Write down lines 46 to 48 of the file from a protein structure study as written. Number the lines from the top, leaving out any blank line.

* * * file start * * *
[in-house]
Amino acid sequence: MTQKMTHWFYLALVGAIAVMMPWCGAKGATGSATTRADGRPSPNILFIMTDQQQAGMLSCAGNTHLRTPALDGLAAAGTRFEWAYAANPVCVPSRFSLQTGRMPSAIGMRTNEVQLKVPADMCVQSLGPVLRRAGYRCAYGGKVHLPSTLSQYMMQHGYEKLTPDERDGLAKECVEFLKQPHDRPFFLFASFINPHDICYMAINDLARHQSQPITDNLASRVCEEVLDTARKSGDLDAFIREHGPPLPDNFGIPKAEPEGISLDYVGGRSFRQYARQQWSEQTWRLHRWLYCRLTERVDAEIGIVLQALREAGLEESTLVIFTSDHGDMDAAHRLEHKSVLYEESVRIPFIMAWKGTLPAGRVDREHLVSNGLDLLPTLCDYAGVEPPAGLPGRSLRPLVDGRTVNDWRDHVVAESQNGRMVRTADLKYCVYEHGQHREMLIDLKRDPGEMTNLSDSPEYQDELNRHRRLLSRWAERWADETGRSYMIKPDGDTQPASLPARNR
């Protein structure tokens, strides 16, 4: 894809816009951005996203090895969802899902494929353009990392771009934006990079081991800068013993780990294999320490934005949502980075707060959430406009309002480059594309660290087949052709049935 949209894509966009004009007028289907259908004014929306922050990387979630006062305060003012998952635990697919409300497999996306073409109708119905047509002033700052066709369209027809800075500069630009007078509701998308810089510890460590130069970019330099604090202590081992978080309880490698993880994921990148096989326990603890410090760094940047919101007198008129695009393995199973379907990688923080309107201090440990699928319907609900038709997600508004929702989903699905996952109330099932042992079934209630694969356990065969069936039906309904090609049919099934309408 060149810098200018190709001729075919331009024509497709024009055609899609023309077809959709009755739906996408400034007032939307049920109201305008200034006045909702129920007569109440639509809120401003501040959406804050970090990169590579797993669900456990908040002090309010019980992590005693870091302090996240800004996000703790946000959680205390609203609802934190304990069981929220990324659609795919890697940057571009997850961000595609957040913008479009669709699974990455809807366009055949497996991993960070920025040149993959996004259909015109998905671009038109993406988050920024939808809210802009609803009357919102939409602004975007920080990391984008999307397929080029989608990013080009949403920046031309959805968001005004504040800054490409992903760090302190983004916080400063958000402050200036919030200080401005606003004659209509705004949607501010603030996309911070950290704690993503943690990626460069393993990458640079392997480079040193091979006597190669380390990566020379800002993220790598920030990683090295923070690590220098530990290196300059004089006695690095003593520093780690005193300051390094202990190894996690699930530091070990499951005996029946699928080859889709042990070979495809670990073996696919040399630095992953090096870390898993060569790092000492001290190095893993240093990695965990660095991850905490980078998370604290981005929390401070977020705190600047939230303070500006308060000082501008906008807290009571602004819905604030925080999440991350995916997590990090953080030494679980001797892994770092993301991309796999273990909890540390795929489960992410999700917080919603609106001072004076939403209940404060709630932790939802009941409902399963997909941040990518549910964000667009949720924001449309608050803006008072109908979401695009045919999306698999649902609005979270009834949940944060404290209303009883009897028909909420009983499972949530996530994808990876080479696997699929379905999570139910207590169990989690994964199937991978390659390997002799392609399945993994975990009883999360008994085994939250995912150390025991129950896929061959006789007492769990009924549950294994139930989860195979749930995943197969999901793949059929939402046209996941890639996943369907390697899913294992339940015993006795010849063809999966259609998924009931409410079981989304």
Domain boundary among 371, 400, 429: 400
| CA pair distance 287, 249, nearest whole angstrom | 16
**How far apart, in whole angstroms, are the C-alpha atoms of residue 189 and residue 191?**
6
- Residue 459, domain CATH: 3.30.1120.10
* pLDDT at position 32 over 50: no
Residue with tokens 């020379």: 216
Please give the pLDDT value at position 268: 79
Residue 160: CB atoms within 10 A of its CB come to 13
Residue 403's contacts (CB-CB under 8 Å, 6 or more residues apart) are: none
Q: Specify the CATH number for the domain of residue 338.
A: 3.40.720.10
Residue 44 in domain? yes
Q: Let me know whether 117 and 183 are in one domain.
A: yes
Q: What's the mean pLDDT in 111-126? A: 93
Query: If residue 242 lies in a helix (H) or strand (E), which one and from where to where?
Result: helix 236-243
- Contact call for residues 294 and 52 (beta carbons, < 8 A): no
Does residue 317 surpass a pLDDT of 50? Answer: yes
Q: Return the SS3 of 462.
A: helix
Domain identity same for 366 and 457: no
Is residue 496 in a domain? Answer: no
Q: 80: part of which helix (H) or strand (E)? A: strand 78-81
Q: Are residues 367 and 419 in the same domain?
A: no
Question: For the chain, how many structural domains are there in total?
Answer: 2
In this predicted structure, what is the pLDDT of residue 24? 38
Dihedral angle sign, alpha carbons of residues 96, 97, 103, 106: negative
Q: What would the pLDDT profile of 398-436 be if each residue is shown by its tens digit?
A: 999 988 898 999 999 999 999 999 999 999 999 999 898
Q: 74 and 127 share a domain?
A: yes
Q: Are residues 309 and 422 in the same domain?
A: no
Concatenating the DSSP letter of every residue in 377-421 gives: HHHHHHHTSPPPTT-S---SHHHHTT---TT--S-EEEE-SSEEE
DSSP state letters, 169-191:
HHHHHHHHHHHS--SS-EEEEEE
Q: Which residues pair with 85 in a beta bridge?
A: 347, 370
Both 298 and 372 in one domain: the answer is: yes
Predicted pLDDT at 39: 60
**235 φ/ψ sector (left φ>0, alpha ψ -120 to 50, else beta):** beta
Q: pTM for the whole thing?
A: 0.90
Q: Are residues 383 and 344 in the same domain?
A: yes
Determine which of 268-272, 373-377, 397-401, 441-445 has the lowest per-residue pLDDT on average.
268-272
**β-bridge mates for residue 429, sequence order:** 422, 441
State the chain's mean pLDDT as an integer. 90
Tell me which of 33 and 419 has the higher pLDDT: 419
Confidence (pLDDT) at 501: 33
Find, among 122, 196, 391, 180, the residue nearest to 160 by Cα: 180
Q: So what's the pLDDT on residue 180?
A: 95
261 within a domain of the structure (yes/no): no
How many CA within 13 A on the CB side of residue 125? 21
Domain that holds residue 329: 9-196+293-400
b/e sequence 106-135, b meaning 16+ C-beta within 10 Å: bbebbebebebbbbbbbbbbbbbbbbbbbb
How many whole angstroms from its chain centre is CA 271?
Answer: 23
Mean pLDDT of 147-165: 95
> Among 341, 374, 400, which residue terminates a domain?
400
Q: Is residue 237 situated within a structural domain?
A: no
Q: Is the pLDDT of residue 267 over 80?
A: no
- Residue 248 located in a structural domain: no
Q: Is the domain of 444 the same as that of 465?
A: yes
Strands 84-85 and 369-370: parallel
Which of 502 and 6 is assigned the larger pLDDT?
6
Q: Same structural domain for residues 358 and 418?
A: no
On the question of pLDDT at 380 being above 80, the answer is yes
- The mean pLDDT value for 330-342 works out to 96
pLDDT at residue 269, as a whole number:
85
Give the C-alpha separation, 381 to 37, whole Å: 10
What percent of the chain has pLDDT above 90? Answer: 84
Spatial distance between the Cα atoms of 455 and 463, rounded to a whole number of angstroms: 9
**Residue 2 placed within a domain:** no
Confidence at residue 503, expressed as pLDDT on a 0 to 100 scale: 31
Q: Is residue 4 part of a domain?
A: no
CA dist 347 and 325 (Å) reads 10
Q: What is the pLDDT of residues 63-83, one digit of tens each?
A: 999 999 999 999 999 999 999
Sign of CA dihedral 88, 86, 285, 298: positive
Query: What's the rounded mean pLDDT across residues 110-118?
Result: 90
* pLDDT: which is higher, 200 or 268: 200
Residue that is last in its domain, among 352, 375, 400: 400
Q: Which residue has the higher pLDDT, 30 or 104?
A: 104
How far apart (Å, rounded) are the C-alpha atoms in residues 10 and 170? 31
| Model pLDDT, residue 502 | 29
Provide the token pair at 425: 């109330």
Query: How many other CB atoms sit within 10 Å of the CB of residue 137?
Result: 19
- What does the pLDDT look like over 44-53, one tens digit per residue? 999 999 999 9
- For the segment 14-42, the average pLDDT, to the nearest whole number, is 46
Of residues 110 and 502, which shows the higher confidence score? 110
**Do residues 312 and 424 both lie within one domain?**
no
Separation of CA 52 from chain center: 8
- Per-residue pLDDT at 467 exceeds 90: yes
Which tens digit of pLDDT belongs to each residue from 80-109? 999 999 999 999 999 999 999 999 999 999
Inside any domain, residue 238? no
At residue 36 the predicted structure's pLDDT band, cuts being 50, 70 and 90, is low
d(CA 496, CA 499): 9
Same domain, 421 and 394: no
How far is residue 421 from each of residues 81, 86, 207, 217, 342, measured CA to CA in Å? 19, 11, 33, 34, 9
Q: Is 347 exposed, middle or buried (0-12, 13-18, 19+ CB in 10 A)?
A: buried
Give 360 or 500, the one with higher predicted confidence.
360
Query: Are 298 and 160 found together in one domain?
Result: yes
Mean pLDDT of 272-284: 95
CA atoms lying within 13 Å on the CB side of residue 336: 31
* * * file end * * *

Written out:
Both 298 and 372 in one domain: the answer is: yes
Predicted pLDDT at 39: 60
**235 φ/ψ sector (left φ>0, alpha ψ -120 to 50, else beta):** beta